Fordham University            The Jesuit University of New York
 


HEOP's Class of 2008 Honored at Rose Hill

Contact: Janet Sassi
212-636-7577
fallersassi@fordham.edu


Stephie Mukherjee, left, director of HEOP at Rose Hill, receives a gift from HEOP graduating seniors. From left to right are  
Ahmed Bhuiyan, Jennifer Fefliz, Farzana Ahmed, Minhajul Meje, and Christine Huot.
Photo by Bruce Gilbert
Fifty-three graduating seniors in the Higher Education Opportunity Program (HEOP) at Fordham’s Rose Hill campus were honored at a dinner on May 2. The event drew faculty, family, friends and HEOP alumni who shared their appreciation of the innovative program.

HEOP is a New York state-administered initiative created in 1969 that enables students with academic and financial disadvantages to attend college.

HEOP, which is unique in the nation, is open to students of all races and ethnicities. To qualify, students must fall below a college’s general admission criteria and must meet a household low-income standard in the $30,000 to $45,000 range. Accepted students receive financial assistance and comprehensive tutoring.

“Tonight is a reflective time for me,” said Michael Partis, a senior at Fordham College at Rose Hill (FCRH) graduating with a major in African and African American Studies. Partis said he almost dropped out of Fordham during his freshman year when difficult class work, a part-time job and a broken ankle made the daily rigors of commuting and studying nearly impossible.

“None of us get to one place by ourselves, and I’ve thought about how much Fordham and HEOP have mentored me,” he said. “They’ve kept me focused, and didn’t let me give up on myself.”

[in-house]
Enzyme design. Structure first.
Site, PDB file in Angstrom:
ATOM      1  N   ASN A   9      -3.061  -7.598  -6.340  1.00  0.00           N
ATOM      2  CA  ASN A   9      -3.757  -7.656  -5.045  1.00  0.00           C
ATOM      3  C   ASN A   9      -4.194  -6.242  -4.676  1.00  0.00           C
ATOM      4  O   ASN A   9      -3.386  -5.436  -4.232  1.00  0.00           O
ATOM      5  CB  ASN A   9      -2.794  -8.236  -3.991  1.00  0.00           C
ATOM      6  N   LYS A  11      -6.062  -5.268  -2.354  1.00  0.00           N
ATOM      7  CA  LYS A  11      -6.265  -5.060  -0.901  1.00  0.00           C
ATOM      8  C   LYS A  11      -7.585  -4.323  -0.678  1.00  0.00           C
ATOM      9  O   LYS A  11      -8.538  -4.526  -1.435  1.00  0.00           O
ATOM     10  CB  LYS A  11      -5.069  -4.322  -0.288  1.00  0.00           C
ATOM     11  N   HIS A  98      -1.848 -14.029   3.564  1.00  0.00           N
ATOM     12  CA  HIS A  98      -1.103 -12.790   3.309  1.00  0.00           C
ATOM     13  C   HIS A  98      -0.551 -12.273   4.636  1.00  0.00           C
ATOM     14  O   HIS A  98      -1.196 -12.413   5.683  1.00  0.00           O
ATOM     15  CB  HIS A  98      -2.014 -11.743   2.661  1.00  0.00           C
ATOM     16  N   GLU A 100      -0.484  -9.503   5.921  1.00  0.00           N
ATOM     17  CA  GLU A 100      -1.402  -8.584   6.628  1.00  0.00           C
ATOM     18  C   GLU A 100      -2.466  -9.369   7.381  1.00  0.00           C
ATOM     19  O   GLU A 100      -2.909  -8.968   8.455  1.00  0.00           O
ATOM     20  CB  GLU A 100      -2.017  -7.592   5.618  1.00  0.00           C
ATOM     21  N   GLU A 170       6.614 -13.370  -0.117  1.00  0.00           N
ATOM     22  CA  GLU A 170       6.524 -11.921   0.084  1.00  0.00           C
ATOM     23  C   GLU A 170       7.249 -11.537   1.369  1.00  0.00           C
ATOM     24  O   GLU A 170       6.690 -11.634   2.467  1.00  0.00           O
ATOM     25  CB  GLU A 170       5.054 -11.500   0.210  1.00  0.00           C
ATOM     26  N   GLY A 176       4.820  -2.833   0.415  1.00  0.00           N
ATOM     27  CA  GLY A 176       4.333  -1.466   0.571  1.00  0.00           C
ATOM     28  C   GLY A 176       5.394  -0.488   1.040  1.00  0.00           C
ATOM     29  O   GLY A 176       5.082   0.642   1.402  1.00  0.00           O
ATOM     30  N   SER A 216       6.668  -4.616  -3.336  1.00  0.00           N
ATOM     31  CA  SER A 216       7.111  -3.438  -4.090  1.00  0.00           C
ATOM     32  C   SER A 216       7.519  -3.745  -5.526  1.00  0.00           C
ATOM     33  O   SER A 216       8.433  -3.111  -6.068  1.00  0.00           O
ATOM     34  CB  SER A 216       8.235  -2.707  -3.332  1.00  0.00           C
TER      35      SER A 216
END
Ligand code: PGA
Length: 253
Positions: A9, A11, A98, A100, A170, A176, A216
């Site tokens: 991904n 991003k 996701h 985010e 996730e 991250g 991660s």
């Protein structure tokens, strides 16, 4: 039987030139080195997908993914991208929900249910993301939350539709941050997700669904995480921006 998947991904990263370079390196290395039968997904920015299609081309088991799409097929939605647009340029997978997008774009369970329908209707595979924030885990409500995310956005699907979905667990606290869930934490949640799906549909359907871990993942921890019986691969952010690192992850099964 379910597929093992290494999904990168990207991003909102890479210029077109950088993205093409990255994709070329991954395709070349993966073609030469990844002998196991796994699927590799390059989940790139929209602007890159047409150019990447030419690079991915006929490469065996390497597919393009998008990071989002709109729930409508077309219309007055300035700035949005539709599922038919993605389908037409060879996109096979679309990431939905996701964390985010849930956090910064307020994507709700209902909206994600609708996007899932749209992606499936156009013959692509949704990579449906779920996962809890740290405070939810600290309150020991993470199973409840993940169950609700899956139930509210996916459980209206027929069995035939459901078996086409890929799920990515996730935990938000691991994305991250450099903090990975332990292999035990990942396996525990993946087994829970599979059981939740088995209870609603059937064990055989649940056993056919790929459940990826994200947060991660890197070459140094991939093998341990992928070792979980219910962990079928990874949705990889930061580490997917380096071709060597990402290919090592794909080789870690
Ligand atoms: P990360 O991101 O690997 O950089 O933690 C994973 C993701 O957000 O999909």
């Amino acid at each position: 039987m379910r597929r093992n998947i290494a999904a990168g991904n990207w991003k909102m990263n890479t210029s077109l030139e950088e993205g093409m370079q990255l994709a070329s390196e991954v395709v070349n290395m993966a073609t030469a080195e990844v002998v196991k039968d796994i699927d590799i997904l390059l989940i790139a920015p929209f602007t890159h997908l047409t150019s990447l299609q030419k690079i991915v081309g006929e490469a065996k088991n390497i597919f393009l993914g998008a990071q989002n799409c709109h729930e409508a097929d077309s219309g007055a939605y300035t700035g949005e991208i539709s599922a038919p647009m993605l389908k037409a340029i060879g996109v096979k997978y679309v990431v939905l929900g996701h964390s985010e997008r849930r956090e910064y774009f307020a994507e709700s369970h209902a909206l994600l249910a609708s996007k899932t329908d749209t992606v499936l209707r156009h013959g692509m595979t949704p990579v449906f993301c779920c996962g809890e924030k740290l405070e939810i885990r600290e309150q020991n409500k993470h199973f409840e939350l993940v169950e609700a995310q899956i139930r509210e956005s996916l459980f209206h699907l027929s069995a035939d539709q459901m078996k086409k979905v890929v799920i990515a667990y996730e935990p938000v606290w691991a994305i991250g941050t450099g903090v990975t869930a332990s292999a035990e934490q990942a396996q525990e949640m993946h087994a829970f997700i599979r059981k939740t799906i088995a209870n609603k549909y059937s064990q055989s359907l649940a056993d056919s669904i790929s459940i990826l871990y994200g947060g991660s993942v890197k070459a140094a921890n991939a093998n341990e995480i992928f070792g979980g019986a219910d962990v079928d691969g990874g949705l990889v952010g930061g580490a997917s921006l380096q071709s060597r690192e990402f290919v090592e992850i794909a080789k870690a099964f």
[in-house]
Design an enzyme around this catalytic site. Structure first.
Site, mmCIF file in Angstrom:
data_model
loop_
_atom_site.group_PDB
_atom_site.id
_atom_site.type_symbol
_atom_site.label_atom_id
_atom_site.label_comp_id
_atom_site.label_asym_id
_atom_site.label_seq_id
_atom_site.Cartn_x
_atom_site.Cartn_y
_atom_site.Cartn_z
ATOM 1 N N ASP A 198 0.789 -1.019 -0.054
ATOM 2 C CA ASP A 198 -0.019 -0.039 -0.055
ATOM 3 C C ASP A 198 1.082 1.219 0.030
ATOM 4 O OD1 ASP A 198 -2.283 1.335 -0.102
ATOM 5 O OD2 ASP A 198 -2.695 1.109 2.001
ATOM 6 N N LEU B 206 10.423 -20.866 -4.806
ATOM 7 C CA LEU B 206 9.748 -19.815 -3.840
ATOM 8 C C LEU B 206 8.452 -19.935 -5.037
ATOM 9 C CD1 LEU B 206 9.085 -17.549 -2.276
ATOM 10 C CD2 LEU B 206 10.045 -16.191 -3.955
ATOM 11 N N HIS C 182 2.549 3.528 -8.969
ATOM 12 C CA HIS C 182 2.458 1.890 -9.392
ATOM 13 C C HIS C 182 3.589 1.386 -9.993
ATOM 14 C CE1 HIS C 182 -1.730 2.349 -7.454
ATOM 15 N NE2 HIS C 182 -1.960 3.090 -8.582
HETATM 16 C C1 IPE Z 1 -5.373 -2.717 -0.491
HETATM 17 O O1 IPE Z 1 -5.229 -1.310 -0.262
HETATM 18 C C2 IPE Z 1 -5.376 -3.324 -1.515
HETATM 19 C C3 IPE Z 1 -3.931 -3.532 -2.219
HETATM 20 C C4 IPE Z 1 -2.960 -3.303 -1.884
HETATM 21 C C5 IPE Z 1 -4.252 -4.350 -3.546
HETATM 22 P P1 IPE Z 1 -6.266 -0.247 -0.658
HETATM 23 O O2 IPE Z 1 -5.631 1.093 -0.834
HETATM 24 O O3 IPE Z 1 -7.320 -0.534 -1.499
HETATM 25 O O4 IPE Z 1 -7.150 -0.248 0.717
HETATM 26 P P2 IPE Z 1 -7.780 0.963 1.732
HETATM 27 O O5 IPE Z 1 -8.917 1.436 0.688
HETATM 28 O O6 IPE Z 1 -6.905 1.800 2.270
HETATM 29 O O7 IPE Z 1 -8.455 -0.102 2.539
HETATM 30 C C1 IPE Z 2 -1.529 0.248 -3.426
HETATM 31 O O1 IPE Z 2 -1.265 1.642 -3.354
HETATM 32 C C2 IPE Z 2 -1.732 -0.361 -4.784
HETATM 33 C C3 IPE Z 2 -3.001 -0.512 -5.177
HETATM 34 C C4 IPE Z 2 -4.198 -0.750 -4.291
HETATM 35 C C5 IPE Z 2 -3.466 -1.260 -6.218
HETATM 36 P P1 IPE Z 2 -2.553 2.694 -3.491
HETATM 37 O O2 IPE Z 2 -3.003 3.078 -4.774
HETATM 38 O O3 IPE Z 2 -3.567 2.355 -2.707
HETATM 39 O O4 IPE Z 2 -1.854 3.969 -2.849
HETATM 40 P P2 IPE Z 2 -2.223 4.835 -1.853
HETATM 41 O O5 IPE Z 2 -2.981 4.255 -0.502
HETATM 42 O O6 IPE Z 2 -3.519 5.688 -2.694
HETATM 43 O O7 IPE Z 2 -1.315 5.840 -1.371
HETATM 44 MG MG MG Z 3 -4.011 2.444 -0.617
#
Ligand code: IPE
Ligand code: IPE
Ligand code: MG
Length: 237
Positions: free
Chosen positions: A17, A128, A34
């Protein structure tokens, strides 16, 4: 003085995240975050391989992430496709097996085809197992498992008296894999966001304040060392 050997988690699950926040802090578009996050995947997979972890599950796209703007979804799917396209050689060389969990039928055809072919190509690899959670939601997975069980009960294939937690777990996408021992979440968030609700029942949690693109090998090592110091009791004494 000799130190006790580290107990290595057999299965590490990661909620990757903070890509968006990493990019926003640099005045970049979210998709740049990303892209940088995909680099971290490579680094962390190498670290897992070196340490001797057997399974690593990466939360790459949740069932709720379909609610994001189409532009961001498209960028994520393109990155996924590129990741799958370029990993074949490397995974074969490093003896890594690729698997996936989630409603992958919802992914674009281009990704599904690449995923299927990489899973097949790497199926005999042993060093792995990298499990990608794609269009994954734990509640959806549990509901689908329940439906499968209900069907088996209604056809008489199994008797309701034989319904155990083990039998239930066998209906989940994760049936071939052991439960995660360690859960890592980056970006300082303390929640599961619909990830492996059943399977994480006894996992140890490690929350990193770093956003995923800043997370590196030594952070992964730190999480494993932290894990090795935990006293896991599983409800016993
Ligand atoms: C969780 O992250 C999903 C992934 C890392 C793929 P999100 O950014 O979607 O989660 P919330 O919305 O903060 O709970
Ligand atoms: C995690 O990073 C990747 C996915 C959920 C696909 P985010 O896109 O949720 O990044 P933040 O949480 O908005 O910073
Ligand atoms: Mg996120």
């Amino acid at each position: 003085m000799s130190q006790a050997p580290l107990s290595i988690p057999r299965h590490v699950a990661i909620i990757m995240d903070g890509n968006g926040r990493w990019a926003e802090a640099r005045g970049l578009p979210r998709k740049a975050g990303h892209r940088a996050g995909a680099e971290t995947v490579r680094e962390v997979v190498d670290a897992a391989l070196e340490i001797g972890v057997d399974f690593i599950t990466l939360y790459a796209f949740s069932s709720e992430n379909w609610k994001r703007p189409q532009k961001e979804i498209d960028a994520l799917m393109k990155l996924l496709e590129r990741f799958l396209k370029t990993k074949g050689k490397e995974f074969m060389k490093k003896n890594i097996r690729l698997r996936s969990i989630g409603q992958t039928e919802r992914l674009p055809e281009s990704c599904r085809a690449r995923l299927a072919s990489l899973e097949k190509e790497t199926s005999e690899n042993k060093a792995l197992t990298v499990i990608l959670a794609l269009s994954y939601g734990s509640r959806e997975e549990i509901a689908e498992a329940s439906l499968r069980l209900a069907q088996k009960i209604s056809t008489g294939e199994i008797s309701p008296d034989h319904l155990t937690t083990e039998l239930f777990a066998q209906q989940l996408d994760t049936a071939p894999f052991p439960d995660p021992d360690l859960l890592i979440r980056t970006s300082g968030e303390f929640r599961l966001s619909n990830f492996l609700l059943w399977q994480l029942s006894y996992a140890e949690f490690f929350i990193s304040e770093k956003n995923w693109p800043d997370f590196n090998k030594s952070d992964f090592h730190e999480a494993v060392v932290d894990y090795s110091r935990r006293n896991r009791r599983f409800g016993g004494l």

The annual senior farewell dinner, held at the McGinley Center, recognized students for their achievement in academics, leadership, motivation, creativity and congeniality. Edlin Rosario was named valedictorian of HEOP’s FCRH class, while Christine Huot received the top honor for HEOP’s College of Business Administration class.

David Stuhr, Ph.D., associate vice president of academic affairs, told the gathering that Fordham’s HEOP program is one of the state’s best, with 97 percent of HEOP students staying on track and graduation rates consistently surpassing state averages. The program services 266 students at Rose Hill.

“Of those four words in HEOP, the one that stands out is opportunity,” Stuhr said. “HEOP has provided you with your lucky chance to excel. But luck is not entirely by accident. It is there to be grasped by those who see it coming their way. Thank you for making Fordham a better place.”

Stephie Mukherjee, director of HEOP at Rose Hill, told the graduating students to “never be without a dream.” She then introduced the HEOP alumni in attendance, many whom have continued their education, including a doctor, lawyer and several associates at investment firms.

“I’m here to show my appreciation for HEOP,” said Steven Nguyen, (FCRH ’97), a change management specialist for Guardian Life Insurance Company of America, who arrived in the United States from Vietnam as a young boy. “My parents worked low-income jobs in a nail salon and it didn’t look like I was going to college. But Fordham’s HEOP accepted me.”

Nguyen then introduced Nga Nguyen (CBA ’06), his younger sister. “HEOP’s a part of our family,” he said.

Joseph M. McShane, S.J., president of Fordham, reiterated the familial nature of HEOP and told the class he hoped they would return to support the students who come after them.

“HEOP is more than an academic program,” he said. “It is the only gathering that has two presidents, three vice presidents, more deans than you can count and a room full of graduates who come back to support their sisters and brothers.

“It captures the genius of the University in a remarkable way,” he added. “No administrator can go through this night without a catch in their throat.”

Founded in 1841, Fordham is the Jesuit University of New York, offering exceptional education distinguished by the Jesuit tradition to approximately 14,700 students in its four undergraduate colleges and its six graduate and professional schools. It has residential campuses in the Bronx and Manhattan, a commuter campus in Westchester, and the Louis Calder Center Biological Field Station in Armonk, N.Y.
05/08

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